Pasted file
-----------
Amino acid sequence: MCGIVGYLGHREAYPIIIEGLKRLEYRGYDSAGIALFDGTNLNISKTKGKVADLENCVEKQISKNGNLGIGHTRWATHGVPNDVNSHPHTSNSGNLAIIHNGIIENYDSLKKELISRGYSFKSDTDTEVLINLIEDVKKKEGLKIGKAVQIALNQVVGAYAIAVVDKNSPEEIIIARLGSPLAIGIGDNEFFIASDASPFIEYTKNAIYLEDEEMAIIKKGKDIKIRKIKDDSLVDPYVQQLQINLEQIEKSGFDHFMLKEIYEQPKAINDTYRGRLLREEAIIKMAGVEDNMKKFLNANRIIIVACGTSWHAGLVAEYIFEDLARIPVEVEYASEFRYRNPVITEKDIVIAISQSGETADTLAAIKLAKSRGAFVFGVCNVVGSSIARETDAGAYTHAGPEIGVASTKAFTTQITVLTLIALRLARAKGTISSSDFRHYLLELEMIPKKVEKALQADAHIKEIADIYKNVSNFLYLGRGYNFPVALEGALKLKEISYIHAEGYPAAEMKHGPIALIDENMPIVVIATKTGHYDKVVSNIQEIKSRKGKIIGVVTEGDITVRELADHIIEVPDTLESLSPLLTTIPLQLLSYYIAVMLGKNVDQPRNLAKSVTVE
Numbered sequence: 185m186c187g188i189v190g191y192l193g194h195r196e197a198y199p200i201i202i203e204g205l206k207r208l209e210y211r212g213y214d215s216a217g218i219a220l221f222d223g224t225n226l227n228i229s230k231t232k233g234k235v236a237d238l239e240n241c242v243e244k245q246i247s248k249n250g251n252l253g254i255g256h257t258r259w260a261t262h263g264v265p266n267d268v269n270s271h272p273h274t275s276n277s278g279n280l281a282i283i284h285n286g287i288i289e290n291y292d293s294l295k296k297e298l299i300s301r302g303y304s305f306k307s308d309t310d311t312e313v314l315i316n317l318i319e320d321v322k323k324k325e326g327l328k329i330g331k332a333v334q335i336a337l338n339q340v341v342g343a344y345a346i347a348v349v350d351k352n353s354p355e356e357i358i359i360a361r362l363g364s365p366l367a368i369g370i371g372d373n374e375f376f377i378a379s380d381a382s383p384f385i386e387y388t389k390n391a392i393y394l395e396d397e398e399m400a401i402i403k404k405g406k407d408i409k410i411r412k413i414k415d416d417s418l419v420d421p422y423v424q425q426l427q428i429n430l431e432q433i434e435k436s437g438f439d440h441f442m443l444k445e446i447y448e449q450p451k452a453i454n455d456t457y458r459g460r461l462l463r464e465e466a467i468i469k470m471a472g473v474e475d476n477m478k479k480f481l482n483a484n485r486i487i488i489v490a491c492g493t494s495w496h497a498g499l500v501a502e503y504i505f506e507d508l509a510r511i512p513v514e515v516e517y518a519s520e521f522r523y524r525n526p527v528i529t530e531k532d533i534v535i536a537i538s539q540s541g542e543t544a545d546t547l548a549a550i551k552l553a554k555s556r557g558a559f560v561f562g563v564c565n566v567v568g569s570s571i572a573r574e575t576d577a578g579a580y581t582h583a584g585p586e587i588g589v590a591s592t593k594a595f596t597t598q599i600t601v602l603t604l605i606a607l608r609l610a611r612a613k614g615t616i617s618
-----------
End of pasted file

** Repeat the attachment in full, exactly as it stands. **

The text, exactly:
Amino acid sequence: MCGIVGYLGHREAYPIIIEGLKRLEYRGYDSAGIALFDGTNLNISKTKGKVADLENCVEKQISKNGNLGIGHTRWATHGVPNDVNSHPHTSNSGNLAIIHNGIIENYDSLKKELISRGYSFKSDTDTEVLINLIEDVKKKEGLKIGKAVQIALNQVVGAYAIAVVDKNSPEEIIIARLGSPLAIGIGDNEFFIASDASPFIEYTKNAIYLEDEEMAIIKKGKDIKIRKIKDDSLVDPYVQQLQINLEQIEKSGFDHFMLKEIYEQPKAINDTYRGRLLREEAIIKMAGVEDNMKKFLNANRIIIVACGTSWHAGLVAEYIFEDLARIPVEVEYASEFRYRNPVITEKDIVIAISQSGETADTLAAIKLAKSRGAFVFGVCNVVGSSIARETDAGAYTHAGPEIGVASTKAFTTQITVLTLIALRLARAKGTISSSDFRHYLLELEMIPKKVEKALQADAHIKEIADIYKNVSNFLYLGRGYNFPVALEGALKLKEISYIHAEGYPAAEMKHGPIALIDENMPIVVIATKTGHYDKVVSNIQEIKSRKGKIIGVVTEGDITVRELADHIIEVPDTLESLSPLLTTIPLQLLSYYIAVMLGKNVDQPRNLAKSVTVE
Numbered sequence: 185m186c187g188i189v190g191y192l193g194h195r196e197a198y199p200i201i202i203e204g205l206k207r208l209e210y211r212g213y214d215s216a217g218i219a220l221f222d223g224t225n226l227n228i229s230k231t232k233g234k235v236a237d238l239e240n241c242v243e244k245q246i247s248k249n250g251n252l253g254i255g256h257t258r259w260a261t262h263g264v265p266n267d268v269n270s271h272p273h274t275s276n277s278g279n280l281a282i283i284h285n286g287i288i289e290n291y292d293s294l295k296k297e298l299i300s301r302g303y304s305f306k307s308d309t310d311t312e313v314l315i316n317l318i319e320d321v322k323k324k325e326g327l328k329i330g331k332a333v334q335i336a337l338n339q340v341v342g343a344y345a346i347a348v349v350d351k352n353s354p355e356e357i358i359i360a361r362l363g364s365p366l367a368i369g370i371g372d373n374e375f376f377i378a379s380d381a382s383p384f385i386e387y388t389k390n391a392i393y394l395e396d397e398e399m400a401i402i403k404k405g406k407d408i409k410i411r412k413i414k415d416d417s418l419v420d421p422y423v424q425q426l427q428i429n430l431e432q433i434e435k436s437g438f439d440h441f442m443l444k445e446i447y448e449q450p451k452a453i454n455d456t457y458r459g460r461l462l463r464e465e466a467i468i469k470m471a472g473v474e475d476n477m478k479k480f481l482n483a484n485r486i487i488i489v490a491c492g493t494s495w496h497a498g499l500v501a502e503y504i505f506e507d508l509a510r511i512p513v514e515v516e517y518a519s520e521f522r523y524r525n526p527v528i529t530e531k532d533i534v535i536a537i538s539q540s541g542e543t544a545d546t547l548a549a550i551k552l553a554k555s556r557g558a559f560v561f562g563v564c565n566v567v568g569s570s571i572a573r574e575t576d577a578g579a580y581t582h583a584g585p586e587i588g589v590a591s592t593k594a595f596t597t598q599i600t601v602l603t604l605i606a607l608r609l610a611r612a613k614g615t616i617s618